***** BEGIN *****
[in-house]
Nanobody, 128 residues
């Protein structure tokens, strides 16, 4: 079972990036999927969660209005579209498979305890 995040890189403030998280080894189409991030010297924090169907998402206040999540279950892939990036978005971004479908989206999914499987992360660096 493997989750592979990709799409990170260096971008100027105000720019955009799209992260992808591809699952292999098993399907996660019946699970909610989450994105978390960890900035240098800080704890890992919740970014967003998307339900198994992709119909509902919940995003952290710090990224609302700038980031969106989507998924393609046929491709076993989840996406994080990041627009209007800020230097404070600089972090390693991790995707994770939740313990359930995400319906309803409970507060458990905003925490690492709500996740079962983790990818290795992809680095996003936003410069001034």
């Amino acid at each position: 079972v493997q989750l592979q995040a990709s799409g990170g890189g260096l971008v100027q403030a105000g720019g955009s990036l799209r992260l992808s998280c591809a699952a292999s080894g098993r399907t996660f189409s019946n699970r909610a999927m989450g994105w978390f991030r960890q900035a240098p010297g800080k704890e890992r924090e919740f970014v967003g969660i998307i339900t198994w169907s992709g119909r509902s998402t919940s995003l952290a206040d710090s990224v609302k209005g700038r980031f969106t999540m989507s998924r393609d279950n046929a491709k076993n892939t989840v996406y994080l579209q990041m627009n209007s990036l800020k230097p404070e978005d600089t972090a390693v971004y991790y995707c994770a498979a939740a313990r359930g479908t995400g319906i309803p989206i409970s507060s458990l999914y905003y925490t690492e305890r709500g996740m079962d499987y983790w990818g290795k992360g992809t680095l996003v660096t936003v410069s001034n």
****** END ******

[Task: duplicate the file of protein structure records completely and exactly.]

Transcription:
[in-house]
Nanobody, 128 residues
């Protein structure tokens, strides 16, 4: 079972990036999927969660209005579209498979305890 995040890189403030998280080894189409991030010297924090169907998402206040999540279950892939990036978005971004479908989206999914499987992360660096 493997989750592979990709799409990170260096971008100027105000720019955009799209992260992808591809699952292999098993399907996660019946699970909610989450994105978390960890900035240098800080704890890992919740970014967003998307339900198994992709119909509902919940995003952290710090990224609302700038980031969106989507998924393609046929491709076993989840996406994080990041627009209007800020230097404070600089972090390693991790995707994770939740313990359930995400319906309803409970507060458990905003925490690492709500996740079962983790990818290795992809680095996003936003410069001034």
């Amino acid at each position: 079972v493997q989750l592979q995040a990709s799409g990170g890189g260096l971008v100027q403030a105000g720019g955009s990036l799209r992260l992808s998280c591809a699952a292999s080894g098993r399907t996660f189409s019946n699970r909610a999927m989450g994105w978390f991030r960890q900035a240098p010297g800080k704890e890992r924090e919740f970014v967003g969660i998307i339900t198994w169907s992709g119909r509902s998402t919940s995003l952290a206040d710090s990224v609302k209005g700038r980031f969106t999540m989507s998924r393609d279950n046929a491709k076993n892939t989840v996406y994080l579209q990041m627009n209007s990036l800020k230097p404070e978005d600089t972090a390693v971004y991790y995707c994770a498979a939740a313990r359930g479908t995400g319906i309803p989206i409970s507060s458990l999914y905003y925490t690492e305890r709500g996740m079962d499987y983790w990818g290795k992360g992809t680095l996003v660096t936003v410069s001034n």